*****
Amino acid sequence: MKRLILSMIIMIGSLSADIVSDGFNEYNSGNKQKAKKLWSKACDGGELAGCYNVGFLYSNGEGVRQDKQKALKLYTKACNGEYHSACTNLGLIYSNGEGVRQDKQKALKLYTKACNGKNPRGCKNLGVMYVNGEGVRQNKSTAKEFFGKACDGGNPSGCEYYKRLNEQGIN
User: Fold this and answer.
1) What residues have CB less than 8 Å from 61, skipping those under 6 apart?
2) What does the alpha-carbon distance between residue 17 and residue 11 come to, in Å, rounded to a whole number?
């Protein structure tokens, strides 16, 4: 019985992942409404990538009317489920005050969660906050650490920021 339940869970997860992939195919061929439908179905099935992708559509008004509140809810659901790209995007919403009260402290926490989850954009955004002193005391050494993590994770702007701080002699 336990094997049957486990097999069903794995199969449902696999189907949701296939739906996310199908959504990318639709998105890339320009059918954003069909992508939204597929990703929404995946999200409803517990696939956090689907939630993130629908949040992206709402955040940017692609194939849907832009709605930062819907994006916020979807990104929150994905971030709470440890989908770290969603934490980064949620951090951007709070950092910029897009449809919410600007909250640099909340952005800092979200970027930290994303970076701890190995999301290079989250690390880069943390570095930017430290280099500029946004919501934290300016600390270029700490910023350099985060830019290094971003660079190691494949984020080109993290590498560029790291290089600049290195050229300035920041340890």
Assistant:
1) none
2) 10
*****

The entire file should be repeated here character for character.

Amino acid sequence: MKRLILSMIIMIGSLSADIVSDGFNEYNSGNKQKAKKLWSKACDGGELAGCYNVGFLYSNGEGVRQDKQKALKLYTKACNGEYHSACTNLGLIYSNGEGVRQDKQKALKLYTKACNGKNPRGCKNLGVMYVNGEGVRQNKSTAKEFFGKACDGGNPSGCEYYKRLNEQGIN
User: Fold this and answer.
1) What residues have CB less than 8 Å from 61, skipping those under 6 apart?
2) What does the alpha-carbon distance between residue 17 and residue 11 come to, in Å, rounded to a whole number?
């Protein structure tokens, strides 16, 4: 019985992942409404990538009317489920005050969660906050650490920021 339940869970997860992939195919061929439908179905099935992708559509008004509140809810659901790209995007919403009260402290926490989850954009955004002193005391050494993590994770702007701080002699 336990094997049957486990097999069903794995199969449902696999189907949701296939739906996310199908959504990318639709998105890339320009059918954003069909992508939204597929990703929404995946999200409803517990696939956090689907939630993130629908949040992206709402955040940017692609194939849907832009709605930062819907994006916020979807990104929150994905971030709470440890989908770290969603934490980064949620951090951007709070950092910029897009449809919410600007909250640099909340952005800092979200970027930290994303970076701890190995999301290079989250690390880069943390570095930017430290280099500029946004919501934290300016600390270029700490910023350099985060830019290094971003660079190691494949984020080109993290590498560029790291290089600049290195050229300035920041340890």
Assistant:
1) none
2) 10